Suddenly Last Summer

Suddenly Last Summer
By Tennessee Williams. Ensemble Theatre, Sydney. Directed by Shaun Rennie. 15 May – 10 June 2023

When it first appeared in 1958, Suddenly Last Summer, at 90 minutes, seemed so short that it had to be accompanied by another play by Tennessee Williams, Something Unspoken. Now, of course, it’s the perfect length, packed full of scandal and melodrama, including lobotomy, pederasty and cannibalism. It’s also ‘perhaps the most poetic play’ the great American playwright ever wrote, which for Williams is saying a lot.

Now best remembered for the intense 1959 film with Elizabeth Taylor and Katherine Hepburn, Suddenly Last Summer is the ghastly story of Sebastian Venable, a rich and sadistic gay man with an overprotective mother, who mysteriously dies while holidaying in Spain with his wild cousin Catherine (Andrea Demetriades), who has her own version of how Sebastian met his end.

Violet Venable (Belinda Giblin), surrounded by luxury and determined to shut Catherine up once and for all, invites a brain surgeon (Remy Hii) to her house and offers to make a generous donation supporting his psychiatric research if he performs a lobotomy on Catherine. She wishes to yank her account of the Spanish visit from the girl’s brain forever. Also backing surgery are Catherine’s mother (Valerie Bader) and brother (Socratis Otto), eager for their share of Sebastian’s inheritance.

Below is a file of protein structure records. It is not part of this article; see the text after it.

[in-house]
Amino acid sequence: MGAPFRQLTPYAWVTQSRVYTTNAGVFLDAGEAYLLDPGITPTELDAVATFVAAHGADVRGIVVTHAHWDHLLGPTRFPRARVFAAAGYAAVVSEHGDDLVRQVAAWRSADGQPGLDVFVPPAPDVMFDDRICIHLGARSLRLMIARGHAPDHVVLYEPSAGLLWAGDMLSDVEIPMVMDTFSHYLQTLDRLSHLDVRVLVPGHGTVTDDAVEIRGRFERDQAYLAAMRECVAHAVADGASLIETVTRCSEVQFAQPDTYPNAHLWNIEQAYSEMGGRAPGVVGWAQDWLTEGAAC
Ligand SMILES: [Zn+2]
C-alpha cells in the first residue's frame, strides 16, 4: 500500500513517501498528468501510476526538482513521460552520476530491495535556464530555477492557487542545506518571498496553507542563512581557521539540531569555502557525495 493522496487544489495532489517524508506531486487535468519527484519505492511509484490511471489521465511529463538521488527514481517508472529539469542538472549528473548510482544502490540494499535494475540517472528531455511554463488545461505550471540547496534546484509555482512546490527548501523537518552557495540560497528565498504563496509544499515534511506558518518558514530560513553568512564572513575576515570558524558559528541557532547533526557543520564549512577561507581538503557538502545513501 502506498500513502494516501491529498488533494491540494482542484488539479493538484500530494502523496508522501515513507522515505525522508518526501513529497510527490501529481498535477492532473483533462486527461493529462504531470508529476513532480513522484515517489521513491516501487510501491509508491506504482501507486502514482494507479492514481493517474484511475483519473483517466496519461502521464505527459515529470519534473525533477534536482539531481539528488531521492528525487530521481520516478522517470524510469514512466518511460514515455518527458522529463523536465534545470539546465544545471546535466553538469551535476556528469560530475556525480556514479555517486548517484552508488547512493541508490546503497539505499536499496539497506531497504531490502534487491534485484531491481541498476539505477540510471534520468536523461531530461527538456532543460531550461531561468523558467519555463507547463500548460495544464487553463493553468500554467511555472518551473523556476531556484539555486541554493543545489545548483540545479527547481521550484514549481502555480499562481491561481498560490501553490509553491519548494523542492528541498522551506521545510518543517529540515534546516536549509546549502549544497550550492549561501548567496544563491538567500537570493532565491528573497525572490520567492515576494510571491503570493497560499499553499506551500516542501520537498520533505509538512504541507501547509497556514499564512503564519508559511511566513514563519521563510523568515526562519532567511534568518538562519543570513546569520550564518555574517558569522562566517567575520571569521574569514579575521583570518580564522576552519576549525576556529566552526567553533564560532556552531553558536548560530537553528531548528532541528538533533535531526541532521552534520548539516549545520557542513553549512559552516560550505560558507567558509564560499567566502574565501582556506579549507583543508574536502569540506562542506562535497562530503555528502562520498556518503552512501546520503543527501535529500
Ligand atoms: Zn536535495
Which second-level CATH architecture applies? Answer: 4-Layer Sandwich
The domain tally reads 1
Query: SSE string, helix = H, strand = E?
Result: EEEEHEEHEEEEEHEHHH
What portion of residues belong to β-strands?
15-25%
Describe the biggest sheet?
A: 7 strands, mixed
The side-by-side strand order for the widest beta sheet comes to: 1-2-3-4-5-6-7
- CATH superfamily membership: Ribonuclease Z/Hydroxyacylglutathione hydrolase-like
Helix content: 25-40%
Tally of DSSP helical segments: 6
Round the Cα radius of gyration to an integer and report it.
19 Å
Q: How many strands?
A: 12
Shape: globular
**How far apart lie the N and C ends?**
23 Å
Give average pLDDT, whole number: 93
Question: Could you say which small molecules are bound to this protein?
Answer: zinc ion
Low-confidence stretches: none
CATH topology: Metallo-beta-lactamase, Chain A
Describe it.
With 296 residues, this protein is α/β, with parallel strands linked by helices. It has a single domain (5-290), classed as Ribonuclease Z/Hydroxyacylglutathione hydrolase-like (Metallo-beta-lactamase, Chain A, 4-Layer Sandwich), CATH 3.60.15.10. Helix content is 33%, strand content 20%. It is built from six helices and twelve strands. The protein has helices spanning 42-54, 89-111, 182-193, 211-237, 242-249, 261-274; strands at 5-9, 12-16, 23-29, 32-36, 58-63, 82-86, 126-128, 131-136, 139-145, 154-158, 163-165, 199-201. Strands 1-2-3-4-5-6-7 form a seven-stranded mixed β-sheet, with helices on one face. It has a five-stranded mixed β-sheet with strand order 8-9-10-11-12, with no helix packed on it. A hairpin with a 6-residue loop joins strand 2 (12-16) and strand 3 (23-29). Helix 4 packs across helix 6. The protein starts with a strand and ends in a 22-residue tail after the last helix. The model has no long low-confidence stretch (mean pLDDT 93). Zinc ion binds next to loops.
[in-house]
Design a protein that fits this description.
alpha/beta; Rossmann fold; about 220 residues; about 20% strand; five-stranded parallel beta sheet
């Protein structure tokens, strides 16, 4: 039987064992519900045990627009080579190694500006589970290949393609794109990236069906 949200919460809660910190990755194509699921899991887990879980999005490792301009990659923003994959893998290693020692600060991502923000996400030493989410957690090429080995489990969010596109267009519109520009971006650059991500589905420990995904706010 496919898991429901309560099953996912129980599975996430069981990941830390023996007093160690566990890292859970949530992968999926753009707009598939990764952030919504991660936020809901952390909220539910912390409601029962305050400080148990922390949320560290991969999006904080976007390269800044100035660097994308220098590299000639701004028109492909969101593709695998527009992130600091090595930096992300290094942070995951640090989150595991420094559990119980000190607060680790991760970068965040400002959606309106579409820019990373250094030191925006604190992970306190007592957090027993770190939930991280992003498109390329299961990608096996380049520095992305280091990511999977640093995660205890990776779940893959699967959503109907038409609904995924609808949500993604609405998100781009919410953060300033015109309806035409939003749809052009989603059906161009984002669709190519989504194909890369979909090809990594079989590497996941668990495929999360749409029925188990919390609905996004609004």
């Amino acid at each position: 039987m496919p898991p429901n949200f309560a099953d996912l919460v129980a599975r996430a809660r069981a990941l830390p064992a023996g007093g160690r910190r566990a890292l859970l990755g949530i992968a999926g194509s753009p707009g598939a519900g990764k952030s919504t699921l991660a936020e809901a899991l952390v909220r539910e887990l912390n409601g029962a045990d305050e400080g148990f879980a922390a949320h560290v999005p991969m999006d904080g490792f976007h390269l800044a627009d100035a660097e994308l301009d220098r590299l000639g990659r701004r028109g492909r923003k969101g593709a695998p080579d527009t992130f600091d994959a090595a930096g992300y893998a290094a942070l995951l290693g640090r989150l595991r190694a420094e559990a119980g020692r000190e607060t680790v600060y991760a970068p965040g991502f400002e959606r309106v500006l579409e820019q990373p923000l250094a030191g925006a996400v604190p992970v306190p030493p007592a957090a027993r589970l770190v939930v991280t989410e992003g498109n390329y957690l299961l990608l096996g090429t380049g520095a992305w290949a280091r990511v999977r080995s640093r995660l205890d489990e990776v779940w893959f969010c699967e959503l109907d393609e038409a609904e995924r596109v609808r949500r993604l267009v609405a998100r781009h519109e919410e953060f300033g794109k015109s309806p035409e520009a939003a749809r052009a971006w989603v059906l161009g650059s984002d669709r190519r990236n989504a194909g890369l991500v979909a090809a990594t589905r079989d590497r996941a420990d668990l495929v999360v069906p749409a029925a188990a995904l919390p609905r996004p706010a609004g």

Belinda Giblin is tremendous as the evil old woman, all in white except for red lips and burning blue eyes, trying desperately to change the past. And equally outstanding is Andrea Demetriades as the only character allowed to wear coloured clothing and, boy, does she do full justice to a blazing red mini-skirt! The couple face off to perfection.

Buzzing in the background are Valerie Bader and Socratis Otto, both making an impression in small parts.

Tennessee Williams wanted a jungle-garden for his opening scene. But here the fantastical colours and shapes of the jungle have been reduced to ceiling-to-floor hangings. And the author’s ‘prehistoric giant fern-forest’ has been stashed away into four opaque containers that double as stools and tables. 

Direction by Shaun Rennie is much concerned with the shaping of characters in the settings. There’s a constant buzz of sound design from Kelly Ryall and plenty of effective lighting changes from Morgan Moroney.

Frank Hatherley

Photographer: Jaimi Joy

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